baked wholemealsThe wholemeals are out …

chese sticksAnd don’t forget the cheese sticks – this is the cheesy dough out of the fridge…

sticksRolled and cut …

baking sticksand in the oven.

baked cheeseThe cheese loaves and rolls are baked…

baked bunsAs are the buns (covered in honey sticky glaze now)

cheese sticks bakedThe cheese sticks are baked too.

PackingAnd finally it all needs to be packed up into boxes and taken to the shops and it’s in the shops by 10am while it’s still warm…

Home Artisan Microbakery – 2/3

Stage 2, but if you missed it, then back to the preparation step

The Big Mix

Preparation takes place usually at about 3-4pm. A few hours later round about 7:30 to 8pm, it’s time to mix and knead up the doughs which are then left to ferment overnight.

Bubbly sourdoughThese are the sourdoughs after 4 to 5 hours. They’re nice and bubbly and ready to use.

Now, it’s mostly a matter of weighing up the water and sourdough, tipping that into the mixer, then the flour – giving it a good mix, finally adding in the salt for a few minutes more, lifting it out the mixer and repeat the process…

MixingThis is the spiral mixer. It’s single speed with a fixed head, so getting the dough out requires a certain knack, as does cleaning it. Spiral mixers are very common – this is an Italian make and you’ll find these used in pizza parlours the world over.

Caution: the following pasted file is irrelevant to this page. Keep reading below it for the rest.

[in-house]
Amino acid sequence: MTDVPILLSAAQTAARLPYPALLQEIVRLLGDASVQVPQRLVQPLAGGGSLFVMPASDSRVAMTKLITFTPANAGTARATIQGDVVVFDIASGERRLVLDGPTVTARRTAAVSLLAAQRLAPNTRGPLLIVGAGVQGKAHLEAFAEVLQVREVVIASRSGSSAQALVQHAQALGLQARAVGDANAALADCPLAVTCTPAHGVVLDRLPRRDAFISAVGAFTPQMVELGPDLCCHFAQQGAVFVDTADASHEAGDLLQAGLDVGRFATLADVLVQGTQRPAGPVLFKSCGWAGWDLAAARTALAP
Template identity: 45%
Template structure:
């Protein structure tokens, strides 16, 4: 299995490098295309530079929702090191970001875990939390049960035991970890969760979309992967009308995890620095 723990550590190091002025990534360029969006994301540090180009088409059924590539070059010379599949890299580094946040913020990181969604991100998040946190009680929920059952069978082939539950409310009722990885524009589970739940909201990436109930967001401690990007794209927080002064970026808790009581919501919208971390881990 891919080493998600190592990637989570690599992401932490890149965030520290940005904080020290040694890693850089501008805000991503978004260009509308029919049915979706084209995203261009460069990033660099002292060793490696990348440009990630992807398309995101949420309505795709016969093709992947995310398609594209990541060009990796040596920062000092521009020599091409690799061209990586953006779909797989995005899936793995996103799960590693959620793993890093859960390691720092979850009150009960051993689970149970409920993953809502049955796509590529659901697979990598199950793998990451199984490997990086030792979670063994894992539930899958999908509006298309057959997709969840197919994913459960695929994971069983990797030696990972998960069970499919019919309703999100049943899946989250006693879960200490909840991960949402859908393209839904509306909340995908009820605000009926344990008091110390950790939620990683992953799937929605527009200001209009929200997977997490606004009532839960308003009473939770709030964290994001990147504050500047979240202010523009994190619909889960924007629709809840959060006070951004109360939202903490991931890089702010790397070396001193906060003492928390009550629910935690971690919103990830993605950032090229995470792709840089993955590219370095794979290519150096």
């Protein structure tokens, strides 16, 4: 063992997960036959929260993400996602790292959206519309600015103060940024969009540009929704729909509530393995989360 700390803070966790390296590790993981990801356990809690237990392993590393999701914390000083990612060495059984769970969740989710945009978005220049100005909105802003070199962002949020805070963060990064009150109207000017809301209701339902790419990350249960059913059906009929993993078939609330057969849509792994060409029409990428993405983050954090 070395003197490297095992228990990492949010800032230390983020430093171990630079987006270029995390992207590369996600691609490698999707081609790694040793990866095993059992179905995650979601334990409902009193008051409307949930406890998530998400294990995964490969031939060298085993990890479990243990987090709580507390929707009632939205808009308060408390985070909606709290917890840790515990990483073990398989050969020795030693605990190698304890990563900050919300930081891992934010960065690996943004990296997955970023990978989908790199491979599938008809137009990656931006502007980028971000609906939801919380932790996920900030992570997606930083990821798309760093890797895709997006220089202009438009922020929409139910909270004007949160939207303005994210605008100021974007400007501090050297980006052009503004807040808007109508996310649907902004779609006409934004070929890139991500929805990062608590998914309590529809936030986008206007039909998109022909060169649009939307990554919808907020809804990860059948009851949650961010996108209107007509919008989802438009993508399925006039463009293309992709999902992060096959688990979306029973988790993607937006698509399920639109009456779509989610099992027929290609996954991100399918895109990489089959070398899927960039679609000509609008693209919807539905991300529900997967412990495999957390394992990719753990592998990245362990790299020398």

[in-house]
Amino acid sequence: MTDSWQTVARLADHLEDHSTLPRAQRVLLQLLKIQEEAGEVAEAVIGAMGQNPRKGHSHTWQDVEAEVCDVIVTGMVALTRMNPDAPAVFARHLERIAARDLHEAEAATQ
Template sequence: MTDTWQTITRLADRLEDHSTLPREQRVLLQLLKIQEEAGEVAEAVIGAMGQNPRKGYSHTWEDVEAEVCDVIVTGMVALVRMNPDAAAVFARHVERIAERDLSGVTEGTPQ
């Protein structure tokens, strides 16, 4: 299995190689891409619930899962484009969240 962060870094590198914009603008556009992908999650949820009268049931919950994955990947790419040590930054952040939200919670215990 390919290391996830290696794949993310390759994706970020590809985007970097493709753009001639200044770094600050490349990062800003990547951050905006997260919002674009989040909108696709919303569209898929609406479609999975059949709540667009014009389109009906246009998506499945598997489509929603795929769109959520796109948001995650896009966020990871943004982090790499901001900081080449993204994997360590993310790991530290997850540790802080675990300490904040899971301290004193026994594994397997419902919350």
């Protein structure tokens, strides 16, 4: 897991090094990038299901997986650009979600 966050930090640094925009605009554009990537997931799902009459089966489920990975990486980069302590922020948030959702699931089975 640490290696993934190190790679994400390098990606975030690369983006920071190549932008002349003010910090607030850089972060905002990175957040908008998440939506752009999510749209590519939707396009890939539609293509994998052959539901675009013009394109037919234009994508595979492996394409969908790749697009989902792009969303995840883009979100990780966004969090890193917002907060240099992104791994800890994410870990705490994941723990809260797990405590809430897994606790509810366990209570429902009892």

Rye mixingThe rye is mixed by hand – only a few loaves usually and it’s a very wet and sticky dough. Gluten doesn’t develop in rye the same way as wheat, so there’s no point trying to knead it really. Keep it wet with a sourdough starter and it’ll be just fine. I add caraway seeds, malt and molasses to mine.

Small mixerThe overnight white dough that I use for the cheese breads is an olive oil based dough with just a fraction of the normal yeast added (it’s not a sourdough). This is mixed in a small stand mixer that I was able to get a nice dough spiral hook for. These are much better than the usual hook you get with them.

After that, it’s just a matter of getting the liquid ready for the next mix/knead in the spiral, emptying it, dividing the dough into lumps that will fit the containers, splitting up the rye into tins and trying to keep sane…

Lump of doughThis is a lump of dough taken out of the spiral mixer and left to rest on the bench while I load it up with the next batch. I try to keep the mixer going all the time so I make sure I have everything ready to load it with as soon as I take one batch out. I also try to plan the loads to avoid too much of one type of dough getting into the next batch, so the seedy ones are often last with the plain white (when I do them) first. This day I had 3 lots through the spiral mixer – my usual sourdough which is a mix of white, wholemeal and rye, then a seeded mix, then the 100% wholemeal. I’m not overly concerned if a few seeds get into the wholemeal – I stopped using the main allergen one a long time ago (sesame seeds)

Split doughThis is a load from the mixer that I’ve weighed and divided into two – the smaller on the left will make exactly 5 loaves and the larger on the right will make 7. My largest tub will only take dough for 10 loaves, so the split is needed.